Top CyberSecurity News For November 18th 2016

  1. Adobe Fined $1M in Multistate Suit Over 2013 Breach; No Jail for Spamhaus AttackerFrom KrebsOnSecurity. 

    Adobe will pay just $1 million to settle a lawsuit filed by 15 state attorneys general over its huge 2013 data breach that exposed payment records on approximately 38 million people. In other news, the 39-year-old Dutchman responsible for coordinating an epic, weeks-long distributed denial-of-service attack against anti-spam provider Spamhaus in 2013 will avoid any jail time for his crimes thanks to a court ruling in Amsterdam this week.

    On Oct. 3, 2013, KrebsOnSecurity broke the story that Adobe had just suffered a breach in which hackers siphoned usernames, passwords and payment card data on 38 million customers. The intruders also made off with digital truckloads of source code for some of Adobe’s most valuable software properties — including Adobe Acrobat and Reader, Photoshop and ColdFusion.

Top CyberSecurity News For 20th June 2016

  1. New RAA ransomware written in JavaScript discoveredFrom SCMagazine. A new variety of ransomware has been uncovered called RAA, but what is odd in this case is the creators took the somewhat unusual step of coding it in JavaScript instead of the more standard programming languages making it more effective in certain situations.

  2. Adobe Flings Flash Fix for Fresh APT TargetFrom BankInfoSecurity. Security experts are once again warning enterprises to immediately update – or delete – all instances of the Adobe Flash Player they may have installed on any system in the wake of reports that a zero-day flaw in the web browser plug-in is being targeted by an advanced persistent threat group.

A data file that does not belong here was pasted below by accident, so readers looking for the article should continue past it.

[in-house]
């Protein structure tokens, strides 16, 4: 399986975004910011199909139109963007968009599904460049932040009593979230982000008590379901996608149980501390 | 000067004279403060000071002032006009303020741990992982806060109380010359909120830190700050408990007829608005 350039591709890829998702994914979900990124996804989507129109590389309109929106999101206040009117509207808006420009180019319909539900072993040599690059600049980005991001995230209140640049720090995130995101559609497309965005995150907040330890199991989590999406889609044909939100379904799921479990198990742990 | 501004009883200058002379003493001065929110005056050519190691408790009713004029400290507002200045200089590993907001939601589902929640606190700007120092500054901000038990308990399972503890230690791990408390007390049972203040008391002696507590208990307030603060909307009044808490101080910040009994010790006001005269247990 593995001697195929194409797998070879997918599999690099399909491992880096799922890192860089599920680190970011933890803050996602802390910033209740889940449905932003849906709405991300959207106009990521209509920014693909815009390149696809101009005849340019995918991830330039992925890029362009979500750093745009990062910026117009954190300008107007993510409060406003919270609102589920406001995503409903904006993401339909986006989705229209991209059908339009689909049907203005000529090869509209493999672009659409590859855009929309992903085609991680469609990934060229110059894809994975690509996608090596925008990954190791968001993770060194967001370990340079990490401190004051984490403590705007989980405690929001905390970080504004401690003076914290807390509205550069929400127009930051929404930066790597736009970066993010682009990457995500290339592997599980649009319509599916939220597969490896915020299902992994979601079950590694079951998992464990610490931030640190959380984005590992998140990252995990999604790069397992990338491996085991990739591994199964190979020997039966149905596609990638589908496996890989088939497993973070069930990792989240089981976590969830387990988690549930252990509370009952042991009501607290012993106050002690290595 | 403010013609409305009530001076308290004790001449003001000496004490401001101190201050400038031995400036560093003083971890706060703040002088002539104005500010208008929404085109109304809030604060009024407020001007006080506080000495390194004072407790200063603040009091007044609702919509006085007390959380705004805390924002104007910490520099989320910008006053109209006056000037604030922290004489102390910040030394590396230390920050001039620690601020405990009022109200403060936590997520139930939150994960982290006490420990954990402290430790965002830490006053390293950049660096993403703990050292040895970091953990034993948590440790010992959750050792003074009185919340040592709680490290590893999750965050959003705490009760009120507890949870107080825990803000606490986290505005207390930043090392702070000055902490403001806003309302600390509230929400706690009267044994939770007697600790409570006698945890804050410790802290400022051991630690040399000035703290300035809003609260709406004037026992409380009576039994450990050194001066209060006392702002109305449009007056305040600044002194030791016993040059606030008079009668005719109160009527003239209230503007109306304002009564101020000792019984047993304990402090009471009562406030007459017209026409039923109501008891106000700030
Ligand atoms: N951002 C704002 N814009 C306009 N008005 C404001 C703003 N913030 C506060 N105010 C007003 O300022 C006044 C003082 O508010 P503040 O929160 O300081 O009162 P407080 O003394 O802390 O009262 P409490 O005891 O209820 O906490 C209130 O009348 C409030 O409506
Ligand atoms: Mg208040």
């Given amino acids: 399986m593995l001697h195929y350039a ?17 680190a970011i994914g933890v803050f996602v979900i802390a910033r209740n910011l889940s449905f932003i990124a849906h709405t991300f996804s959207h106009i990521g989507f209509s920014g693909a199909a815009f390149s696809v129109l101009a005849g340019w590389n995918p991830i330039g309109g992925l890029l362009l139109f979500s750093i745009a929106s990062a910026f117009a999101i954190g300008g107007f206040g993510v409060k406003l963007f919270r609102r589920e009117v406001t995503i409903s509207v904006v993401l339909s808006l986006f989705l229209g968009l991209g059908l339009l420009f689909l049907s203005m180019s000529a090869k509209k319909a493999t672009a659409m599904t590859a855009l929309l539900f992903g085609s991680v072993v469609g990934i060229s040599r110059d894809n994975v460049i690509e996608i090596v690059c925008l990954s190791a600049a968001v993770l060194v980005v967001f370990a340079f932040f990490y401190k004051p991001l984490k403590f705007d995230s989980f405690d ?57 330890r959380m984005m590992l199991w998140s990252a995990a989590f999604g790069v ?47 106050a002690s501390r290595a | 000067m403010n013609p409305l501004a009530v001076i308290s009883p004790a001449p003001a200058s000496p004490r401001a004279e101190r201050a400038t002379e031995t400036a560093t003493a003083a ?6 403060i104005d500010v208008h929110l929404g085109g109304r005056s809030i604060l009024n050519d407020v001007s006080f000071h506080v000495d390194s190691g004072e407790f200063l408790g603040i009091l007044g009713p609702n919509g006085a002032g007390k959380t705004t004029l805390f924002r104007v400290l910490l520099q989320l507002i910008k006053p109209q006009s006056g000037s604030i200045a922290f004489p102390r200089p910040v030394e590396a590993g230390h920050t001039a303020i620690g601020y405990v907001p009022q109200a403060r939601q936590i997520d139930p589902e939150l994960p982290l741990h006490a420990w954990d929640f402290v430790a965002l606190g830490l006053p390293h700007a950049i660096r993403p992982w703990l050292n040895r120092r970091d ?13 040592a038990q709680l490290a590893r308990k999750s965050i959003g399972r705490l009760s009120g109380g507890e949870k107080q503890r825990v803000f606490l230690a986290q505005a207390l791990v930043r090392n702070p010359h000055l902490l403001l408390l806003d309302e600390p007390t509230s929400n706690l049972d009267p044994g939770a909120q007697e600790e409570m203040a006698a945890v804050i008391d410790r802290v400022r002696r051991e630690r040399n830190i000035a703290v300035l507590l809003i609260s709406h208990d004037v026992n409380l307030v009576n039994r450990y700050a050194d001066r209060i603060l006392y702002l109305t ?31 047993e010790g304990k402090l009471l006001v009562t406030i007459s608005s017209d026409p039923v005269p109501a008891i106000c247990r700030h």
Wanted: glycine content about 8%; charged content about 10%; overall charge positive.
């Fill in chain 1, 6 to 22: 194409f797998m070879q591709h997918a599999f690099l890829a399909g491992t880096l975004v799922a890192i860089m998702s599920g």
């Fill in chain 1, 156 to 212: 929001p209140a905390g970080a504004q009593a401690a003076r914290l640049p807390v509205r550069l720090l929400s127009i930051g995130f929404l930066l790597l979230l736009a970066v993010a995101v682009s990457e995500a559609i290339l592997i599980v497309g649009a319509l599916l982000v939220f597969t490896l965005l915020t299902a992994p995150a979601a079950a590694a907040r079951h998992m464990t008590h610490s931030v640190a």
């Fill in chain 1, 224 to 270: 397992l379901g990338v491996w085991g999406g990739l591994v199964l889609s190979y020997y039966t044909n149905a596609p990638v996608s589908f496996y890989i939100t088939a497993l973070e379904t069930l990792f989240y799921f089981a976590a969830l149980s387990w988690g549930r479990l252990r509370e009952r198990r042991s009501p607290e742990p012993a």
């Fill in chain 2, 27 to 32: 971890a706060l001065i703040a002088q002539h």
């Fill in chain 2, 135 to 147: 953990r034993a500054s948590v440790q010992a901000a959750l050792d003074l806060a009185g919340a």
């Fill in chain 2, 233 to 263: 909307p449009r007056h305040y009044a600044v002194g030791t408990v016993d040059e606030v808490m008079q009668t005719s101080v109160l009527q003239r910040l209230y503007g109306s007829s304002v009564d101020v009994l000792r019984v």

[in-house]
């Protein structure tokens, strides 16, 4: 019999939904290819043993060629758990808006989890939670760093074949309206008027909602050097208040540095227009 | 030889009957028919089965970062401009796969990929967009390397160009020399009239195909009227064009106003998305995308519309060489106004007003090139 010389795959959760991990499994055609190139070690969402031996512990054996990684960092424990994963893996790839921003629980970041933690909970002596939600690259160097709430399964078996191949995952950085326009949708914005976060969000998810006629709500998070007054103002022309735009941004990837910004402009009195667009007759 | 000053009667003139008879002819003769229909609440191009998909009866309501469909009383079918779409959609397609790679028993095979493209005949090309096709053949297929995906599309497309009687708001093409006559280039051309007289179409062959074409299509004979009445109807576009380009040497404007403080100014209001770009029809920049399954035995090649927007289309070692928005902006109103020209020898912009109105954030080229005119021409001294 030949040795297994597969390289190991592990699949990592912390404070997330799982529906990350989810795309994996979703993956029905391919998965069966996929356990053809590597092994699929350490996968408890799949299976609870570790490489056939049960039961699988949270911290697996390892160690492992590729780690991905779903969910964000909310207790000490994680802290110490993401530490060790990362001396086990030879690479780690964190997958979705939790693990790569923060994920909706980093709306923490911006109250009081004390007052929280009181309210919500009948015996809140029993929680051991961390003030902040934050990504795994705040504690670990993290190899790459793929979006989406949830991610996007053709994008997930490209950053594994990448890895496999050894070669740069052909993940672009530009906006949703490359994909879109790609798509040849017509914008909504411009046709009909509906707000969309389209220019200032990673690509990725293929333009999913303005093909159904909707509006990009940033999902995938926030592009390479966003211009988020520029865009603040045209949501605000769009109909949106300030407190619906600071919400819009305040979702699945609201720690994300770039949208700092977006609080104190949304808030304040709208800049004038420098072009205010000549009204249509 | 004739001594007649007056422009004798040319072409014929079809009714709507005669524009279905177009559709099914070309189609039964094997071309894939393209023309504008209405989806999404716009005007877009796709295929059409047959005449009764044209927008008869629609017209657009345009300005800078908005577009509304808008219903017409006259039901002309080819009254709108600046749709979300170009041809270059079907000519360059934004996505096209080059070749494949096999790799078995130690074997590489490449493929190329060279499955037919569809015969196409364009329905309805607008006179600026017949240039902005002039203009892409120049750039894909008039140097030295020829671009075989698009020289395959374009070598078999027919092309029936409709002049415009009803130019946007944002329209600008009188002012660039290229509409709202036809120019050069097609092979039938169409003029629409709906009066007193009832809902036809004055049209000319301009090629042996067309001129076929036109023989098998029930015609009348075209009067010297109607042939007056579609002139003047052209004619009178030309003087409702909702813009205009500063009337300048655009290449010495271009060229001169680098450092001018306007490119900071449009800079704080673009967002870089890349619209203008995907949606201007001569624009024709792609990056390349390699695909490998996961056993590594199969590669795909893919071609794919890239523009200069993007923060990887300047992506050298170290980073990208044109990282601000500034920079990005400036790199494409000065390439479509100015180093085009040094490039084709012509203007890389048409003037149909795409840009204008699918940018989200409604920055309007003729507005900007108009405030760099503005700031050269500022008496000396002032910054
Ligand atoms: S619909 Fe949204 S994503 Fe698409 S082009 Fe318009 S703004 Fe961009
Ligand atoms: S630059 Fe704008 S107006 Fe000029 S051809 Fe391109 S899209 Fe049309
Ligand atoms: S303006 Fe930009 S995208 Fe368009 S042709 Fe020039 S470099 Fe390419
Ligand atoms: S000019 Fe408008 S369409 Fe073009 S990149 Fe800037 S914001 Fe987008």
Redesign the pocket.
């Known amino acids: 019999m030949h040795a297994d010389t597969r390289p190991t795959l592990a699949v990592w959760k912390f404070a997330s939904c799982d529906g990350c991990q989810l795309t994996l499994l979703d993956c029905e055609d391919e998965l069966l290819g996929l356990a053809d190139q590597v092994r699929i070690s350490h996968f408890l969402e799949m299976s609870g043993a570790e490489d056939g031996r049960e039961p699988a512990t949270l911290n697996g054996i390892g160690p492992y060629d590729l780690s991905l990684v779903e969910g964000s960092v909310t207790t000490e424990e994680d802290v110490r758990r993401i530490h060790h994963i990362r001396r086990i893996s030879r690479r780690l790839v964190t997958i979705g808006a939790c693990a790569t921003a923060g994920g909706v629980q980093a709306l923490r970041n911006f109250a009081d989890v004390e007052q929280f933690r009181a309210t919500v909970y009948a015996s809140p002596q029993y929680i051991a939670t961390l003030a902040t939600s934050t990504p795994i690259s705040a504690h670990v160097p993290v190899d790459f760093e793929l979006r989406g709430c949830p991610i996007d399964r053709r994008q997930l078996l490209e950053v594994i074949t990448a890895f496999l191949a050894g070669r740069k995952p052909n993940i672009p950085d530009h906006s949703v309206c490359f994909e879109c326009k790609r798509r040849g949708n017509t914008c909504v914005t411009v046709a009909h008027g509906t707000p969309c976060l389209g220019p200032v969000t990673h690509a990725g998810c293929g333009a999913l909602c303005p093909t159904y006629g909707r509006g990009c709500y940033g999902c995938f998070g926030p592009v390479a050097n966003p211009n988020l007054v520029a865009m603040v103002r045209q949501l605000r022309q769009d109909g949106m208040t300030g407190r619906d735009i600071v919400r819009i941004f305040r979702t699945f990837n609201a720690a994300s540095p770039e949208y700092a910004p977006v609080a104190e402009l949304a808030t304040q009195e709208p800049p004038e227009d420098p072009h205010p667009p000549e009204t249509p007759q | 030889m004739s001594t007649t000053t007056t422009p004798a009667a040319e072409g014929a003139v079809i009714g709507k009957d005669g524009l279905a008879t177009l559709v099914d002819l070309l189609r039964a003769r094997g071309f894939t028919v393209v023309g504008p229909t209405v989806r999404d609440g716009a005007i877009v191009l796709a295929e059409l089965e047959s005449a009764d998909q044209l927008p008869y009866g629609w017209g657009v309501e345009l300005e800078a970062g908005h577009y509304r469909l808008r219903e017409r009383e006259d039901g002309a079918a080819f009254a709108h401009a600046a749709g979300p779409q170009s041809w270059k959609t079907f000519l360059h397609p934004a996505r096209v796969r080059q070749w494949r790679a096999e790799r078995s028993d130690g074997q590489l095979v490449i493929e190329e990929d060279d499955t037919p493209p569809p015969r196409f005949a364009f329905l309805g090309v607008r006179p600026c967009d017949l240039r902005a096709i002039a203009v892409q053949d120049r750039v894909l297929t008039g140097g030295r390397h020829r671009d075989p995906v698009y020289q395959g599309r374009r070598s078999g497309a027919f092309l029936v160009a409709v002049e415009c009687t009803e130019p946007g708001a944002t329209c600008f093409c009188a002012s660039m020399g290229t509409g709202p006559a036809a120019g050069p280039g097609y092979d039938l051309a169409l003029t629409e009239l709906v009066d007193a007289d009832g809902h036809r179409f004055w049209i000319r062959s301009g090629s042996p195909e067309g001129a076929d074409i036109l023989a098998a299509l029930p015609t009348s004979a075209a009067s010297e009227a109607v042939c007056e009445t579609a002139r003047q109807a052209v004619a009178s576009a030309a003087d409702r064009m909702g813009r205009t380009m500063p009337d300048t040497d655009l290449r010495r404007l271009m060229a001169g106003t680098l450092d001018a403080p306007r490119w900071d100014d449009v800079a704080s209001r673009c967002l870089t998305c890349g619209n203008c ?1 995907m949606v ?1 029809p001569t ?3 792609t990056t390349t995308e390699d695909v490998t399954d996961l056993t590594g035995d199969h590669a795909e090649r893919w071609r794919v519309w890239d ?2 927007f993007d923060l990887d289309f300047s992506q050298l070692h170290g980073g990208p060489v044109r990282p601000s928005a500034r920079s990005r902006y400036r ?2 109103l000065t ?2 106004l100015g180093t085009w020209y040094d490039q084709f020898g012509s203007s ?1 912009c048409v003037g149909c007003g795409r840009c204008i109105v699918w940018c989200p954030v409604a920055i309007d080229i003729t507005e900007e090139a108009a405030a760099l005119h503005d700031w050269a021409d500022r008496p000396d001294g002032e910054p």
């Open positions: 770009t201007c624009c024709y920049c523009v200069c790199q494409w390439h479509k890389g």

Top Cybersecurity News For 18th April 2016

  1. Detailed account of the Hacking Team data breach by FinFisher. From Softpedia. Hacking Team is a Milan-based IT company that sells offensive intrusion and surveillance capabilities to governments, law enforcement agencies and corporations. On July 5, 2015, the Twitter account of the company was compromised by an unknown individual who leaked links to over 400 gigabytes of data, including alleged internal e-mails, invoices, and source code. This article explains how that breach was conducted.
  2. Dump Adobe QuickTime, Department Of Homeland Security tells Windows users. From Krebs On Security. Apple is deprecating QuickTime for Microsoft Windows. They will no longer be issuing security updates for the product on the Windows Platform and recommend users uninstall it. Furthermore, there are two new, unpatched vulnerabilities which could be used to remotely compromise Windows computers.
  3. More US commandos, choppers and bases are hacking ISIS. From Daily Beast. Three U.S. officials told The Daily Beast that US cyber operations against ISIS have moved beyond mere disruption and are entering a new, more aggressive phase that is targeted at individuals and is gleaning intelligence that could help capture and kill more ISIS fighters.
  4. The National Institute of Standards and Technology is poised to deliver new cybersecurity guidance, according to NIST fellow Ronald Ross. From HealthcareITNews. “We can build and deploy systems that we can trust, too, in a hospital environment, so the systems can better withstand cyberattacks, are more penetration-resistant, and limit the damage an adversary can do if an attack comes through the perimeter,” Ross said.
  5. Indian political party accused of hacking Facebook. From Economic Times. An internal email communique allegedly from the AIADMK IT Wing president to his team informing that they have hacked Facebook for making posts about their party “go viral” has leaked and the mail itself has gone viral.